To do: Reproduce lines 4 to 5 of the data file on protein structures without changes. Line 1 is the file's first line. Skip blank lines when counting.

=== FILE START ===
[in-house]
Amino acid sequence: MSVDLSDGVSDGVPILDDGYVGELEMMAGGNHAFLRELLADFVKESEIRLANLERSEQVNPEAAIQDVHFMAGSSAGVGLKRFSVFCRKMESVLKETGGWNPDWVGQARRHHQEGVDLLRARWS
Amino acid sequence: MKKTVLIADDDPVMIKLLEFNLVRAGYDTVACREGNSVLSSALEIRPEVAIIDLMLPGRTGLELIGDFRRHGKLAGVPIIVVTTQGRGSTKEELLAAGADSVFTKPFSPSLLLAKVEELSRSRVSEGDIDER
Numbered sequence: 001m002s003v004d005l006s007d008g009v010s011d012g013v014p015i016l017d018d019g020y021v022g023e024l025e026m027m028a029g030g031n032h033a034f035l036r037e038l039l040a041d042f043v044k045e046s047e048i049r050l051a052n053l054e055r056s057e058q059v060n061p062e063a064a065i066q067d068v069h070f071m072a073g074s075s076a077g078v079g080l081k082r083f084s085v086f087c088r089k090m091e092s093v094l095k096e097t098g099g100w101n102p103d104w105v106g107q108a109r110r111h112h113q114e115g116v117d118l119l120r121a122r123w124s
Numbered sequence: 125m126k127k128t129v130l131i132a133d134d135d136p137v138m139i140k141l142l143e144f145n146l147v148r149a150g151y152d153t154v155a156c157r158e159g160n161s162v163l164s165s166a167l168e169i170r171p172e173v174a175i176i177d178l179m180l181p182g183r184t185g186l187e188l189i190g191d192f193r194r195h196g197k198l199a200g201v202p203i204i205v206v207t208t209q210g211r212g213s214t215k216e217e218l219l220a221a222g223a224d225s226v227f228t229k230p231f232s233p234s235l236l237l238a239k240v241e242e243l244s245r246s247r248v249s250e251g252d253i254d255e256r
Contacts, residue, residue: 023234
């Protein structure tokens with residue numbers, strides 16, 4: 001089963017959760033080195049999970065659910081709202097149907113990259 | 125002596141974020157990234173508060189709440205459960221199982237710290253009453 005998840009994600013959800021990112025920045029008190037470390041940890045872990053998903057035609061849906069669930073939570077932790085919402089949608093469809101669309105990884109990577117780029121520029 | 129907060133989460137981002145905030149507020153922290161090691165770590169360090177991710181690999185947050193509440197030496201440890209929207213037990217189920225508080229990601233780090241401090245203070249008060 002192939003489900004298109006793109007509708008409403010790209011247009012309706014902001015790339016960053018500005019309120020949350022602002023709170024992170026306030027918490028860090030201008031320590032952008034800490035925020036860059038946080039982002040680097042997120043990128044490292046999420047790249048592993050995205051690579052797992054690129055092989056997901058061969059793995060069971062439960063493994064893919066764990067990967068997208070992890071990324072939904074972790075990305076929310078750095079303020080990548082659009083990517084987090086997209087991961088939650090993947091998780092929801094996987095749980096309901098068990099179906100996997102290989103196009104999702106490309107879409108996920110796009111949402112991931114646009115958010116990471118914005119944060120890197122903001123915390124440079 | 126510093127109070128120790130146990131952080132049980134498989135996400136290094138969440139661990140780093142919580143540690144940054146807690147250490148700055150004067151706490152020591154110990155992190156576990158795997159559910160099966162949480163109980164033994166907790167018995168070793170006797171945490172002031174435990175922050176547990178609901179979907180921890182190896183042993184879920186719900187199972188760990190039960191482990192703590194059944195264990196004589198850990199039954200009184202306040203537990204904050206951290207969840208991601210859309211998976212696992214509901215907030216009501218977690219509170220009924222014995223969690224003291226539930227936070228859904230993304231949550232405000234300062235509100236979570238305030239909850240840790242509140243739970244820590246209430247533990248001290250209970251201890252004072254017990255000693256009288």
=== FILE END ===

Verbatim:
Numbered sequence: 001m002s003v004d005l006s007d008g009v010s011d012g013v014p015i016l017d018d019g020y021v022g023e024l025e026m027m028a029g030g031n032h033a034f035l036r037e038l039l040a041d042f043v044k045e046s047e048i049r050l051a052n053l054e055r056s057e058q059v060n061p062e063a064a065i066q067d068v069h070f071m072a073g074s075s076a077g078v079g080l081k082r083f084s085v086f087c088r089k090m091e092s093v094l095k096e097t098g099g100w101n102p103d104w105v106g107q108a109r110r111h112h113q114e115g116v117d118l119l120r121a122r123w124s
Numbered sequence: 125m126k127k128t129v130l131i132a133d134d135d136p137v138m139i140k141l142l143e144f145n146l147v148r149a150g151y152d153t154v155a156c157r158e159g160n161s162v163l164s165s166a167l168e169i170r171p172e173v174a175i176i177d178l179m180l181p182g183r184t185g186l187e188l189i190g191d192f193r194r195h196g197k198l199a200g201v202p203i204i205v206v207t208t209q210g211r212g213s214t215k216e217e218l219l220a221a222g223a224d225s226v227f228t229k230p231f232s233p234s235l236l237l238a239k240v241e242e243l244s245r246s247r248v249s250e251g252d253i254d255e256r